Research companies to obtain information in each of the following categories:

  • Organizational overview: age, size, financial outlook, growth, and structure
  • Trends/issues in the industry
  • Mission, philosophy, objectives
  • Public or private or foreign-owned
  • Location of plants, offices, stores, subsidiaries
  • Products and/or services
  • Names of key executives
  • Competitors
  • Sales, assets, earnings
  • Growth history and current growth activity
  • Current challenges
  • Major achievements and activity, issues, news
  • Career paths, training, benefits
  • Company culture

For specific industries or sectors, see:

  •, for brief information about manufacturers in 67,000 categories in the United States and Canada.
  •, for brief information on more than 1.8 million U.S. nonprofit organizations.
  •, for information on 71,000+ nonprofit organizations worldwide.
  •, for a list of federal agencies (click on “Find Government Agencies” on the home page).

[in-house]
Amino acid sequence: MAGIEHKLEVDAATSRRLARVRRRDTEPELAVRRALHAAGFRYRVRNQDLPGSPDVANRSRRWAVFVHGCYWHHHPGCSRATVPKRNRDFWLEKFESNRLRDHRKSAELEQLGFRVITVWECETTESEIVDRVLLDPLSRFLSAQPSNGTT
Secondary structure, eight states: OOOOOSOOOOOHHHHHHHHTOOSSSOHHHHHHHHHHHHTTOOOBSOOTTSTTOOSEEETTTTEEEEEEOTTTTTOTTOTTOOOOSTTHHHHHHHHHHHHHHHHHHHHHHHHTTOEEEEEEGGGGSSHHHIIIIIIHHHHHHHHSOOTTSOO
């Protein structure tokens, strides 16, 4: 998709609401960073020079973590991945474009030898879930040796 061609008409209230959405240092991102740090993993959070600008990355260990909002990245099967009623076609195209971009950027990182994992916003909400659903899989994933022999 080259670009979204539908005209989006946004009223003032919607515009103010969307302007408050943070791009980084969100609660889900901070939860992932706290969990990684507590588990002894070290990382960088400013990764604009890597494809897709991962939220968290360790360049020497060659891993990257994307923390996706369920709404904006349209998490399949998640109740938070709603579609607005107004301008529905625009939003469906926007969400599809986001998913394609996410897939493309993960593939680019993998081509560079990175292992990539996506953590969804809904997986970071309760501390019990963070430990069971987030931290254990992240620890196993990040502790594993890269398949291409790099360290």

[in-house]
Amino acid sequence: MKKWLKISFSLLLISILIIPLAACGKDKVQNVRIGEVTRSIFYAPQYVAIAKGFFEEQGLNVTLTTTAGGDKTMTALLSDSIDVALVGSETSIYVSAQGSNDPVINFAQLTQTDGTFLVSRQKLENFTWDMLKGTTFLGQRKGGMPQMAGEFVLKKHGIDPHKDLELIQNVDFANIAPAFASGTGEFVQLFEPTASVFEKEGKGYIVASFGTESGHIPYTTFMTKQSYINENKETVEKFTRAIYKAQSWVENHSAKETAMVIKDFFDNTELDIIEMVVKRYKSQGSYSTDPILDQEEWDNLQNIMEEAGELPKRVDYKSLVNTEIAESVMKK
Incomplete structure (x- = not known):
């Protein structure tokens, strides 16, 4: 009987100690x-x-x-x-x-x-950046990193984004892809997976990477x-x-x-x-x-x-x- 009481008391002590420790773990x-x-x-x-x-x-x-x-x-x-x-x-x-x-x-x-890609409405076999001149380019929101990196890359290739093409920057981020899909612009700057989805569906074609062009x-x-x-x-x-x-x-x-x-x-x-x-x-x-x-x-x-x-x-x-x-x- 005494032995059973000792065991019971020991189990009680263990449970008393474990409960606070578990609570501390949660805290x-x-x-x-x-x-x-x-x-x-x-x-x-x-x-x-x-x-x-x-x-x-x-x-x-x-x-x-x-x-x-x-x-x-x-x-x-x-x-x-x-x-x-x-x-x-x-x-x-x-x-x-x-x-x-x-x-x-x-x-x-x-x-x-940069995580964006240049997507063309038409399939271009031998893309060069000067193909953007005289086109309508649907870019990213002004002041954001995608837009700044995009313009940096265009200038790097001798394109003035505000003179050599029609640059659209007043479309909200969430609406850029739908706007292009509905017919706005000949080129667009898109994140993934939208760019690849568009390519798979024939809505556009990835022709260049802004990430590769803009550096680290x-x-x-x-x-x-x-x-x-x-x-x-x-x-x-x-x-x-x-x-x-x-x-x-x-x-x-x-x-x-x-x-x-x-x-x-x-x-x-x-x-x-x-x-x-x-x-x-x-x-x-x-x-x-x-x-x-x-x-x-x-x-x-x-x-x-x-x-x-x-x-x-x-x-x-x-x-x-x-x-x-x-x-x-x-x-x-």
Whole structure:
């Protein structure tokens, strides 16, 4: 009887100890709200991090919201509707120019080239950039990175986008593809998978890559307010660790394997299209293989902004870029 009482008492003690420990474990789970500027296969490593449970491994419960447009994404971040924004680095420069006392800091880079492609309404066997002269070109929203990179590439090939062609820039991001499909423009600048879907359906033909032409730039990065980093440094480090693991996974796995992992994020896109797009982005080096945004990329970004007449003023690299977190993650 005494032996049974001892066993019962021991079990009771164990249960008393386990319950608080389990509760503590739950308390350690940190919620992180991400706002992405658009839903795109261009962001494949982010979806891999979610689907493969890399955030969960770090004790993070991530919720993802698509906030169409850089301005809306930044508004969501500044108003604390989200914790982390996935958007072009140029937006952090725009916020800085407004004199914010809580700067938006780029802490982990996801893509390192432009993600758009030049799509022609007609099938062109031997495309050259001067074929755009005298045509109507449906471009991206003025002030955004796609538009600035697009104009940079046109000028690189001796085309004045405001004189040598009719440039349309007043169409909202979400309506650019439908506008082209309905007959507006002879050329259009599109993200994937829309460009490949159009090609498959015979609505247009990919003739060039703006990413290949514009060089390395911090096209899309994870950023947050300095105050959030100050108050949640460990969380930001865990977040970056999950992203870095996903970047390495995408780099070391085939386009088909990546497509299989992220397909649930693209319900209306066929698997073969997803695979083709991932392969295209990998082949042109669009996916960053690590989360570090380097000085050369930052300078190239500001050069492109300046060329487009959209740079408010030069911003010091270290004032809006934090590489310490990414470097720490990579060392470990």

•, for a list of employer members (click on Chambers and then “Chamber Directory”).

Don’t forget the resources available in your campus career center: Check your career center for information about employers that recruit at your school. Finally, this list of resources is a starting point; never underestimate the power of a search engine. Simply “Google” the name of the organization you are interested in and see what information and news is returned!

Other Research Resources

Start with the organization’s website.
Well-constructed and comprehensive sites will have abundant information, and for the sites that are not as comprehensive, it is still important to learn what is there. This is what the organization deems most important for you to know.

Look at university libraries’ research databases.